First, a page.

But Lynn’s favorite space, and the room in which she spends most of her time, is the kitchen. Wagman combined three small rooms to give Lynn, a former caterer who loves to cook, an expansive kitchen. New French doors lead out to a 2,800-square-foot terrace that wraps the apartment and has astonishing views of Central Park and the Manhattan skyline. “The terrace was just raw space originally,” says Wagman, who reimagined it with a regal (and very English) row of columns and an outdoor living room.

In the summer, Lynn’s pots overflow with herbs, hydrangeas, and espaliered apple trees. She grills outside all year long. When Lynn, Stephen, and their children (Sarah, 28, Emily, 26, and Sean, 24) all manage to cross paths for one of Lynn’s alfresco meals, apartment life must seem far closer to those pastoral years across the pond than to the clamor of Manhattan streets below. 

Photography: Pieter Estersohn and John Bessler
Produced by Jenny Bradley

Architect: James Wagman, James Wagman Architect, LLC, 277 Broadway, Suite 1201, New York, NY 10007; 212/337-9649, jameswagman.com.
Interior designer: Celerie Kemble, Kemble Interiors, 224 W. 30th St., 13th Floor, New York, NY 10001; 212/675-9576, kembleinteriors.com.

Wall covering (Ice Blue dyed silk wallpaper): De Gournay, 212/564-9750, degournay.com.
Ceiling and trim paint (“Crème de Mint #2036-70): Benjamin Moore & Co., 888/236-6667, benjaminmoore.com.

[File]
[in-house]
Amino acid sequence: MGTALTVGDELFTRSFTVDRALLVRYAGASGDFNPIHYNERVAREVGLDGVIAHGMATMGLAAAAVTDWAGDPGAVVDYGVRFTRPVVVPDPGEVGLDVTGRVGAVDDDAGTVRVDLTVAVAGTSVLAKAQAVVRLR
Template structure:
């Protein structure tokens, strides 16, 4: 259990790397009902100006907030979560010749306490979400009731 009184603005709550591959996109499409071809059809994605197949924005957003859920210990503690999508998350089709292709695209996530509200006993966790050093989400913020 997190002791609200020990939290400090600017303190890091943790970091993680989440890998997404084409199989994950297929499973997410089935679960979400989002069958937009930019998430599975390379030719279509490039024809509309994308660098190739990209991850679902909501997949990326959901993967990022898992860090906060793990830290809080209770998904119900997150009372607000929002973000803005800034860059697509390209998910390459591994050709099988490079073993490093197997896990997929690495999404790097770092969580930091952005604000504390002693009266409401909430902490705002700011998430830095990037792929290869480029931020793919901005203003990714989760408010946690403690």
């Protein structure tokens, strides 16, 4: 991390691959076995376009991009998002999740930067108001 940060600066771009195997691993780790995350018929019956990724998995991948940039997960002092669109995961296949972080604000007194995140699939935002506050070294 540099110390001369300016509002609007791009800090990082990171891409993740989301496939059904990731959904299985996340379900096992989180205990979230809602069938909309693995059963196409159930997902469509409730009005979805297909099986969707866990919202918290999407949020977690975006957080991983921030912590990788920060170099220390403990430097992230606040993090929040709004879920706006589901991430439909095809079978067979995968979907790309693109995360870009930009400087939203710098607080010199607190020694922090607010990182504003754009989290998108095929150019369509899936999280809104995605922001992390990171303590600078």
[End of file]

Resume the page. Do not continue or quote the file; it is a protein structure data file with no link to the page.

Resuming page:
Sheer drapery (“Colibri”/Celadon #F2658011): Pierre Frey, 866/707-1524, pierrefreycom.
Area rug (“East End” in color #AD1381, Collection 1074): Patterson, Flynn & Martin, 212/688-7700, pattersonflynnmartin.com.
Pair of sofas (“Carter” #5425-84, by Alexa Hampton); sofa fabric (#2934-11, ivory velvet): Hickory Chair, 800/349-4579, hickorychair.com.
Sofa end tables (“Terrific Table”): Ballard Designs, 800/536-7551, ballarddesigns.com.
Tablecloth on end tables (“La Scala Stripe” #26-18, by Jagtar): Arnitex, 866/794-9777, arnitex.com.
Table lamp (“Mirabella”): Festoni, 713/830-1077, festoni.com.
Coffee table: Amy Zook Antiques, 917/991-9605, amyzookantiques.com.
Eglomise top on coffee table (custom): Miriam Ellner, 212/807-6316, miriamellner.com.
Pair of bergères: Greenwich Living Antiques, 203/274-5130, greenwichlivingantiques.com.
Table between bergères (custom): Kemble Interiors, 212/675-9576, kembleinteriors.com.
Vases on windowsill (antique, Chinese cabbage vases): Pagoda Red, 773/235-1188, pagodared.com